Deborah Gist

In a 68-3 vote, the Rhode Island House has approved a bill easing teacher evaluations for the vast majority of public school teachers.

The bill calls for teachers who earn effective or highly effective ratings to be evaluated just once every three to four years, instead of the current policy of annual reviews.

If the bill becomes law, new teachers and teachers with low evaluation ratings would still be evaluated on an annual basis.

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The Senate Education Committee is scheduled to hear testimony Wednesday on a bill that would ban test scores as a high school graduation requirement. A state policy requiring test scores has come under fire from critics, who say it is unfair to low income and minority students. But State Education Commissioner Deborah Gist has been a strong supporter, arguing that it will ensure that no student graduates from a Rhode Island high school without basic knowledge of math and English.

Elisabeth Harrison / RIPR

A trial run for the new standardized test known as the PARCC exam begins in Rhode Island next week. The test is slated to replace the annual NECAP in 2015, as public schools transition to a new set of standards called the Common Core.

A growing group of parents, teachers and others continue to raise questions about test and the Common Core. They are calling on Rhode Island lawmakers to stop the initiative in a movement that mirrors similar anti-Common Core efforts around the country.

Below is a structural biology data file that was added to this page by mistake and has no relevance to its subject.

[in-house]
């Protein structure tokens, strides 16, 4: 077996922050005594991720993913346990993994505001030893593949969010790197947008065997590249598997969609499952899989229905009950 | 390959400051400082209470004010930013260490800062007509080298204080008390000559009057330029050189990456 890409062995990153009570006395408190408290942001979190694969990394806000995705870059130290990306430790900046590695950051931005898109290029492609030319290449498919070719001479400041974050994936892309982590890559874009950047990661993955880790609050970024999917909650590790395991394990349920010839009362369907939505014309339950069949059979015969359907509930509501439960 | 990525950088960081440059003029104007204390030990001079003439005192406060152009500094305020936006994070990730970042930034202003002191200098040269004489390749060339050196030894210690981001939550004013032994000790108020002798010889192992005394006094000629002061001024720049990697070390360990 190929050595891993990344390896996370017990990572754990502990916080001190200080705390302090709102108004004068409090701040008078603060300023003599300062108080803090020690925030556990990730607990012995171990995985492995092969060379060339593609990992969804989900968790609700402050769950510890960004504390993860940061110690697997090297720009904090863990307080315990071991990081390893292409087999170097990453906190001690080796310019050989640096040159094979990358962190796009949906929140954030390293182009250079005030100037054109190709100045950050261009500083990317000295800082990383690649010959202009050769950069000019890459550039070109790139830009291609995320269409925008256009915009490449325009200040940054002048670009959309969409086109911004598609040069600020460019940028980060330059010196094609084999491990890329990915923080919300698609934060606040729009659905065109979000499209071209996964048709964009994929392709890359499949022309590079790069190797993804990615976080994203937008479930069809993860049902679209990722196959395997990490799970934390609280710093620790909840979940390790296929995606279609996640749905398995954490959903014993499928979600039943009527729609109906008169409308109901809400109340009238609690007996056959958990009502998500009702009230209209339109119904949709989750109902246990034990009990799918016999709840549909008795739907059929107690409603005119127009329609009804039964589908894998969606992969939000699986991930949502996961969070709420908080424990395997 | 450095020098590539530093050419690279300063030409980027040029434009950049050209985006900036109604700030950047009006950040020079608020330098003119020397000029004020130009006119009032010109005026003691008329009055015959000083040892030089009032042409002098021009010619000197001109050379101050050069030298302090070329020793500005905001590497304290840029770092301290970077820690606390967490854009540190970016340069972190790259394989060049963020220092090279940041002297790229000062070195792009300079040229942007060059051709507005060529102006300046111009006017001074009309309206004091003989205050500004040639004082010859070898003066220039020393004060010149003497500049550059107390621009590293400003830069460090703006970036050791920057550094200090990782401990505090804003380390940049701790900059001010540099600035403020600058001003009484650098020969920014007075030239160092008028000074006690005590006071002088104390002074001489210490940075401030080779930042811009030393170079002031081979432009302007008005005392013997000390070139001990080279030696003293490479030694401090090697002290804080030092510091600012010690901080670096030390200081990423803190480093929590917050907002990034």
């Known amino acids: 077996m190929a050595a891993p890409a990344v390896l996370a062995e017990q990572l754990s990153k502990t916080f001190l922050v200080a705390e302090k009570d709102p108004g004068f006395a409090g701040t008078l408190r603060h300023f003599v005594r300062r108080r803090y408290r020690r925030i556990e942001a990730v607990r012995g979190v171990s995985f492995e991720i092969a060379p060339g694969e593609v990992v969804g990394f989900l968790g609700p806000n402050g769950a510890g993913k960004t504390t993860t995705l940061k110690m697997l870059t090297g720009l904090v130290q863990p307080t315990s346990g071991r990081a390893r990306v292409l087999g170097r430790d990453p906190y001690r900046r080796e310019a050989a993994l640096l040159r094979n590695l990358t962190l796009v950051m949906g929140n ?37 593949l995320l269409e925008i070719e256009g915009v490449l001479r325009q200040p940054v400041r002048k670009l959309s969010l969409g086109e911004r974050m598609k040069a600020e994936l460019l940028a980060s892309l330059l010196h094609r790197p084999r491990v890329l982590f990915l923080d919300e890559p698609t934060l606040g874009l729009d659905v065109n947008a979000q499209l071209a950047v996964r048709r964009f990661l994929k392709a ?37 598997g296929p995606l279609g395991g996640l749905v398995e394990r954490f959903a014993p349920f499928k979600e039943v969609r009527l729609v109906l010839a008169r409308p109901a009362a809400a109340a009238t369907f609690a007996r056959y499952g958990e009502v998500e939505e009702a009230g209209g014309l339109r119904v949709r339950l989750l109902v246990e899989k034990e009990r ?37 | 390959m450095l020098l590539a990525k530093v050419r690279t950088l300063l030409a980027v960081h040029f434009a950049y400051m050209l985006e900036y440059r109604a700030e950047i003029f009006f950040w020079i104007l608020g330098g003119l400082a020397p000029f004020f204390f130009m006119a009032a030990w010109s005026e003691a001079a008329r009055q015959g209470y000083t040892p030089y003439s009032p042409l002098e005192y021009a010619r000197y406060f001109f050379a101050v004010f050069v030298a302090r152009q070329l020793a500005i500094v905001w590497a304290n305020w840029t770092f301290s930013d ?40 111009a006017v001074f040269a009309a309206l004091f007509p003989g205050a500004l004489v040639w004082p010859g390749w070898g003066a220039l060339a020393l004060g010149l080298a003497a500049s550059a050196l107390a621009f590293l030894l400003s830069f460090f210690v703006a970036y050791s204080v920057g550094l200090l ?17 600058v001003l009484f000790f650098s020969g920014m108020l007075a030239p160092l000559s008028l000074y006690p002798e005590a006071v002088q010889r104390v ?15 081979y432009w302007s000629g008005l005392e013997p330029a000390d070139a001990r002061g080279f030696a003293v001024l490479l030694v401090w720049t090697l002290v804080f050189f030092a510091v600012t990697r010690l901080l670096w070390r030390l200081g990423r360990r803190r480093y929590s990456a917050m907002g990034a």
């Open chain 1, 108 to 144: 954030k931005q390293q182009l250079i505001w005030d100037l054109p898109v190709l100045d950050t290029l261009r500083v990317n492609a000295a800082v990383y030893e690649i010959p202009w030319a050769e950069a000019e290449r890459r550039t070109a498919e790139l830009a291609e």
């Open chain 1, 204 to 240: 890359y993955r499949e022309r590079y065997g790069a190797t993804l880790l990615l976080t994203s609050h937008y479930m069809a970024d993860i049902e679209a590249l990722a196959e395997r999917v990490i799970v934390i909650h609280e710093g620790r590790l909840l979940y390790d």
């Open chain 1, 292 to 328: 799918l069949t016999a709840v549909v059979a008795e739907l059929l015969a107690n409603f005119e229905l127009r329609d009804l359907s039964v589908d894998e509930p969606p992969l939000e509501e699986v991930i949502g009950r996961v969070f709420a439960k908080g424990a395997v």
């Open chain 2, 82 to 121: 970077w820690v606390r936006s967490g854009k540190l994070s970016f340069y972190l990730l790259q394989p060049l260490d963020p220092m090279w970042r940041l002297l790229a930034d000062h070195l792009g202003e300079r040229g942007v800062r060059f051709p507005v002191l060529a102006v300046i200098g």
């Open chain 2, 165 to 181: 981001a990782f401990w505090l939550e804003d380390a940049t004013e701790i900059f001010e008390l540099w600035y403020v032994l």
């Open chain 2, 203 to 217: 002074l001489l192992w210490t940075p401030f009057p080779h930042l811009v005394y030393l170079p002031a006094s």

Elisabeth Harrison / RIPR

Rhode Island lawmakers are slated to consider a bill Wednesday that takes on one of the  most contentious issues in public education. The bill calls for a commission to study the Common Core Standards, a new set of national standards for K-12 classrooms.

Rhode Island teachers are already using the standards, and they will soon give students a new standardized test to go with them, but a growing number of critics charge the standards are stressing students out.

State lawmakers are scheduled to consider a bill that could have major consequences for classrooms across the state.

The bill, sponsored by East Providence Representative Gregg Amore, would halt the adoption of new standardized testing, known as PARCC, which is linked to the Common Core, a new set of national standards for public schools. The bill is scheduled for a committee hearing on Wednesday.

Rhode Island has begun adopting the standards, although opponents charge they are untested and require further study.